Niger holds security meeting over Mali conflict
Niger's President Mahamadou Issoufou on Monday held a national security council meeting about the conflict in neighbouring Mali, where French forces have launched an offensive against armed Islamists, an official said.
"The president of the republic has convened the national security council to examine the latest developments in the situation in Mali," Issoufou's cabinet director Hassoumi Massaoudou told AFP.
Massaoudou said that the meeting, which gathered army chiefs and those of the defence forces and national security, was aimed at "the preparation of decisions" that the authorities would take on Mali.
On Monday, Issoufou told Radio France Internationale (RFI) that "the Malian territory and people are victims of an aggression led by a coalition of terrorists and drug dealers, who flaunt a religious cloak, but have nothing Muslim about them."
"Niger will therefore meet its responsibilities to free the north of Mali and rid the Sahel of these criminals," he added.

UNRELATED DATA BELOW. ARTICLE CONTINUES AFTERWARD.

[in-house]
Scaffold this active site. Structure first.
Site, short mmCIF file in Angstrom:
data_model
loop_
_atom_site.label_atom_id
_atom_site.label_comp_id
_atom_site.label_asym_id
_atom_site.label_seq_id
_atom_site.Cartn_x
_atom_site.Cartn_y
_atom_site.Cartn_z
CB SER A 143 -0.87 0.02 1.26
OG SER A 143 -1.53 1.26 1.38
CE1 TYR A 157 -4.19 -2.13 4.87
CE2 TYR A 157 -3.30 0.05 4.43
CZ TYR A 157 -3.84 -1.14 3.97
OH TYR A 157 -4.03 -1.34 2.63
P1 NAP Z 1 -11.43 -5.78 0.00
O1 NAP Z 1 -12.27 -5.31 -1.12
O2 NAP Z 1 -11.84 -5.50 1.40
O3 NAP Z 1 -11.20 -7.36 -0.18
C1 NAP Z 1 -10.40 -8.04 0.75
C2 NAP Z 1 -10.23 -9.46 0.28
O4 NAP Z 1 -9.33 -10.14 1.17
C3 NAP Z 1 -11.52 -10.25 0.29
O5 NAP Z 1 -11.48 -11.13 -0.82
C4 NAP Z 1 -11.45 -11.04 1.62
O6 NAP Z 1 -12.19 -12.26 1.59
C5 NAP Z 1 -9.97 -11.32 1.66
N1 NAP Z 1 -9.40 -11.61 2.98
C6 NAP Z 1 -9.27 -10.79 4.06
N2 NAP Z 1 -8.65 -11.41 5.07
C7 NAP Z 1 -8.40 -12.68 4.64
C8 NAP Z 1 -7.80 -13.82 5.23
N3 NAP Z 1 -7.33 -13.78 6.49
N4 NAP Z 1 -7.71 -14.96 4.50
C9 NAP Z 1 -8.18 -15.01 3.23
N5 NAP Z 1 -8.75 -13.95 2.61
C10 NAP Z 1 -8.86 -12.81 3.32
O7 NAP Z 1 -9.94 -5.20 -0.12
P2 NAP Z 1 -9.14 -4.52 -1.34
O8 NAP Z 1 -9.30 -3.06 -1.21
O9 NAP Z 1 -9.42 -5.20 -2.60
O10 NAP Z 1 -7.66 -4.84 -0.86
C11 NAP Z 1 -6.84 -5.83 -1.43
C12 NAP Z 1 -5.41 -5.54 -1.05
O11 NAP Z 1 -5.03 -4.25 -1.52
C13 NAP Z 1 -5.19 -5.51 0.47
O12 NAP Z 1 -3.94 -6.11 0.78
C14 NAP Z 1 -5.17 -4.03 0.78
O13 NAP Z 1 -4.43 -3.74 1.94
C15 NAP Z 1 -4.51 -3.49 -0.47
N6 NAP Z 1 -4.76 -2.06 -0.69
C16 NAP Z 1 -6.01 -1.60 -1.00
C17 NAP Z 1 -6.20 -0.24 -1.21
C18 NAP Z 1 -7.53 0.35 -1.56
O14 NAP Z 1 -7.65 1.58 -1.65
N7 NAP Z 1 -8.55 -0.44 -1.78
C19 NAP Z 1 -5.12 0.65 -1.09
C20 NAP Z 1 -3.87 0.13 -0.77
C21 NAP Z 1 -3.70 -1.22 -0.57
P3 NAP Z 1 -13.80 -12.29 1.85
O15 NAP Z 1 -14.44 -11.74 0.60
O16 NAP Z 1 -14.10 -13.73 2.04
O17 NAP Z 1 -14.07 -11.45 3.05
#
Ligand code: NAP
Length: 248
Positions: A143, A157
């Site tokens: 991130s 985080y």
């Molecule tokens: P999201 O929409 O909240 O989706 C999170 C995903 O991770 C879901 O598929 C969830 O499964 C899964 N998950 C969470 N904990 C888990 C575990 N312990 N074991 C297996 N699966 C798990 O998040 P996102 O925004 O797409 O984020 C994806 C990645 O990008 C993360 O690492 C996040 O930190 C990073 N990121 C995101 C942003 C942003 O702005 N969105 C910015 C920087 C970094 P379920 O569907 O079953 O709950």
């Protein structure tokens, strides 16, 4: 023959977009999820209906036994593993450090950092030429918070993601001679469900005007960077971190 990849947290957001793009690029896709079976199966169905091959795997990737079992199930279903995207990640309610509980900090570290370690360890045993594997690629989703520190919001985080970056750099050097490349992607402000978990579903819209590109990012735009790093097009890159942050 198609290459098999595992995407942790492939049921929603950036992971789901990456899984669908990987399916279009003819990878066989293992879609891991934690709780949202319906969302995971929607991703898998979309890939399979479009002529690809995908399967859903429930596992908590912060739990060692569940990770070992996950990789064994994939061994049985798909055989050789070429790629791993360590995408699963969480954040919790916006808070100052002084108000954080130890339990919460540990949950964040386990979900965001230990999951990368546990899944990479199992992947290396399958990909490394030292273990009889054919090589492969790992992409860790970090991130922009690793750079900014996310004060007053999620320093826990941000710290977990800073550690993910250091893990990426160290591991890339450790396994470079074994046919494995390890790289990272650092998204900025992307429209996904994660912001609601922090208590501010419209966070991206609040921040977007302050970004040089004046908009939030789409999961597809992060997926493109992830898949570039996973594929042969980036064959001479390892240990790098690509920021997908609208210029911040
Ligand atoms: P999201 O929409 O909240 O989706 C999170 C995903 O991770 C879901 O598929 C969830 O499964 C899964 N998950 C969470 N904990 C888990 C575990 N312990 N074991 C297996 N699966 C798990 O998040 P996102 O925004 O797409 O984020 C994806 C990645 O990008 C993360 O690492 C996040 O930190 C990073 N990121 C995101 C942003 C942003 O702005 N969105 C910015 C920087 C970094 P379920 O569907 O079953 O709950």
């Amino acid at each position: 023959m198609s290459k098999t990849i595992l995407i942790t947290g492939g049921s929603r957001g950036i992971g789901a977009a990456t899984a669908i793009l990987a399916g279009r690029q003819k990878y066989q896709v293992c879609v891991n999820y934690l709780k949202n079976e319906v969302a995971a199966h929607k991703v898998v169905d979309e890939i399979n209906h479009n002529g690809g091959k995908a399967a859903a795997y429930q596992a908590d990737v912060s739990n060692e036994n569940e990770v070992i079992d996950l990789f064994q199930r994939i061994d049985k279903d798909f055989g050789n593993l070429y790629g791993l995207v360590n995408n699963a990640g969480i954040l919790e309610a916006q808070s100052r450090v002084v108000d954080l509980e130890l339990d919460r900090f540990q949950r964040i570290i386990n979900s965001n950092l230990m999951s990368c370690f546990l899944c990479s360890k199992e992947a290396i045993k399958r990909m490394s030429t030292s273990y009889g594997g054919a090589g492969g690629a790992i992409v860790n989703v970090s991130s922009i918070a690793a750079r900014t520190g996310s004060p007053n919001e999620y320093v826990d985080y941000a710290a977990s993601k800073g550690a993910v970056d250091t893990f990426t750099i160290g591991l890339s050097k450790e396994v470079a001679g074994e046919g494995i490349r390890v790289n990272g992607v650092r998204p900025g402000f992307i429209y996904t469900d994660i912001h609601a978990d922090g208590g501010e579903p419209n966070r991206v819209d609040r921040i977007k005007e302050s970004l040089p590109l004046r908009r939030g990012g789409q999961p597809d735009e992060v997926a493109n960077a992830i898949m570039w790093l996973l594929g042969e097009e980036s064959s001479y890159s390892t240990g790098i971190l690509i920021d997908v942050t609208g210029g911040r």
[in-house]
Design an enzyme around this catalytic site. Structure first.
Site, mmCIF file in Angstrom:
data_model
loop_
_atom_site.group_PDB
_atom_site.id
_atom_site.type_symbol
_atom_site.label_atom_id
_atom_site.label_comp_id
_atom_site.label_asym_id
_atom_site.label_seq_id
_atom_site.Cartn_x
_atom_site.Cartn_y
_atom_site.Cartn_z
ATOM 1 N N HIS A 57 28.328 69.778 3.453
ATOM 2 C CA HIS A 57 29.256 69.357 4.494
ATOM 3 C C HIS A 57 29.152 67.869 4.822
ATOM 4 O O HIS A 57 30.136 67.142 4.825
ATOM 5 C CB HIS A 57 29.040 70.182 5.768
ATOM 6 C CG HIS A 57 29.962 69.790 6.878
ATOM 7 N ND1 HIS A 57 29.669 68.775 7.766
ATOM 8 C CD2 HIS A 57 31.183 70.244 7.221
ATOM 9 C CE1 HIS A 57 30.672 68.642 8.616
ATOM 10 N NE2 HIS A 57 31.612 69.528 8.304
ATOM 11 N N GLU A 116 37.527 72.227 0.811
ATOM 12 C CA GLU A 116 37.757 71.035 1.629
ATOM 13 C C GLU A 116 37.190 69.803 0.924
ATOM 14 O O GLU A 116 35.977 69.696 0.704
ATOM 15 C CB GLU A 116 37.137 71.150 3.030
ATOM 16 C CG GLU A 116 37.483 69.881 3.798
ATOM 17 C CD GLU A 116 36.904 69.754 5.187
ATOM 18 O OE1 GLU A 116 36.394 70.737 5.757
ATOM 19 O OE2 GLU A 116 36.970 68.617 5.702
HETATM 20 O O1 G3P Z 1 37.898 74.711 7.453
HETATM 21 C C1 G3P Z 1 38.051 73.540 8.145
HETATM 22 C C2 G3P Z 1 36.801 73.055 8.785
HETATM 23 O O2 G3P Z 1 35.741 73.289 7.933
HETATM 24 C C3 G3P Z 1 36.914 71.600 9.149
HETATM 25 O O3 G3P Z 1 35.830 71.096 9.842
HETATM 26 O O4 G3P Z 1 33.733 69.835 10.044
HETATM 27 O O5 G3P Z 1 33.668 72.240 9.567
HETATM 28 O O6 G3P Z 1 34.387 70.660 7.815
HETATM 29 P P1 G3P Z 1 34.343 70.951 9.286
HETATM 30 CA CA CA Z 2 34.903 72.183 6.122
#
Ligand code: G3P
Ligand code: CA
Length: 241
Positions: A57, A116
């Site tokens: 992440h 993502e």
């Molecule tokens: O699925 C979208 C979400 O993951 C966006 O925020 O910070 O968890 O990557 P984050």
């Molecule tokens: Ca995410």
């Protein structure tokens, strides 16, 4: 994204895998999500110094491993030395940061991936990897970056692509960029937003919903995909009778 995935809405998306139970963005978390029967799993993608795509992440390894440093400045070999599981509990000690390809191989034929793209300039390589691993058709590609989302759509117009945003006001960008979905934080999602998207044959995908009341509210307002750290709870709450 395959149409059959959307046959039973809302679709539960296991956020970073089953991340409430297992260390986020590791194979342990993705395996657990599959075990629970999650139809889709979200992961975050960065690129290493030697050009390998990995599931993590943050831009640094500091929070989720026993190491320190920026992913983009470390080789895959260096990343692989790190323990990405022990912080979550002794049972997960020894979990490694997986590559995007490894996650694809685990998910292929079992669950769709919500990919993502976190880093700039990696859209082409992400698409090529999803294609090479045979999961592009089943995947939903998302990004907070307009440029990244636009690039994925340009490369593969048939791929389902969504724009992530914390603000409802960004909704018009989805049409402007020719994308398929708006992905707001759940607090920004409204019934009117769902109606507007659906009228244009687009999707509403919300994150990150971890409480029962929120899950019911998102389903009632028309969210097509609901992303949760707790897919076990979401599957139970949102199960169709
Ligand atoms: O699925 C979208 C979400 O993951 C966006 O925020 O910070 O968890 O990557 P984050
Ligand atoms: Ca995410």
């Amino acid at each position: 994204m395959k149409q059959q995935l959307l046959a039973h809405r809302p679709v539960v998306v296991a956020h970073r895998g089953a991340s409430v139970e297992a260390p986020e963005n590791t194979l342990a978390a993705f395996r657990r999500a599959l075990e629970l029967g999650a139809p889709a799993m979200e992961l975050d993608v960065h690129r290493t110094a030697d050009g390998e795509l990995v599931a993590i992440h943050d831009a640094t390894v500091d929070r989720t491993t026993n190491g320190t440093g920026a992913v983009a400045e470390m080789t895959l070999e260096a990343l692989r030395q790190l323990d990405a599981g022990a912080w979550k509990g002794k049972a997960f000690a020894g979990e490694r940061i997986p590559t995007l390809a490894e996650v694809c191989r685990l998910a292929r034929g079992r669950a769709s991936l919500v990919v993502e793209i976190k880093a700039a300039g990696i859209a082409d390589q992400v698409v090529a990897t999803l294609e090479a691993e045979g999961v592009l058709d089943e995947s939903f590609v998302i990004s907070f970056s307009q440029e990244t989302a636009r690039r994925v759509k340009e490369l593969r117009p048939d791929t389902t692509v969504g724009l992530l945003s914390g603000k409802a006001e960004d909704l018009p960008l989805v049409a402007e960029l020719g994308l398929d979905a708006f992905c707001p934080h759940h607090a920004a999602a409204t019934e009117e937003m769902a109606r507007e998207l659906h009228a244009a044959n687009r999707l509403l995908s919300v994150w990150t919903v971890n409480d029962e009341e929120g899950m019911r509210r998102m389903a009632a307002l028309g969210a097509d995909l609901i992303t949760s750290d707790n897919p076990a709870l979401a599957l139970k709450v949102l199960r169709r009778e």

Niger on Saturday announced that it would send a battalion of 500 soldiers to Mali to join a west African peacekeeping force to help drive out the Islamists who have occupied the north for 10 months.
Like Mali, Niger is a vast and poor west African nation on the southern edge of the Sahara, vulnerable to the armed operations of Al-Qaeda in the Islamic Maghreb (AQIM) and to past insurgency by Tuareg rebels.
Issoufou confirmed reports that Niger had deployed troops along its border with Mali. Asked about the possibility of Islamists from Mali falling back into Niger, he said he ruled out no hypothesis and "made maximum preparations."
The UN Security Council in December approved the sending of 3,300 troops from countries in the Economic Community of West African States (ECOWAS) to Mali, but before France intervened last Friday, no action was taken on this long-standing decision.
The ECOWAS chairman, President Alassane Ouattara of Ivory Coast, on Friday authorised the immediate despatch of west African forces to help the Malian army in its offensive against the Islamists.
© 2013 AFP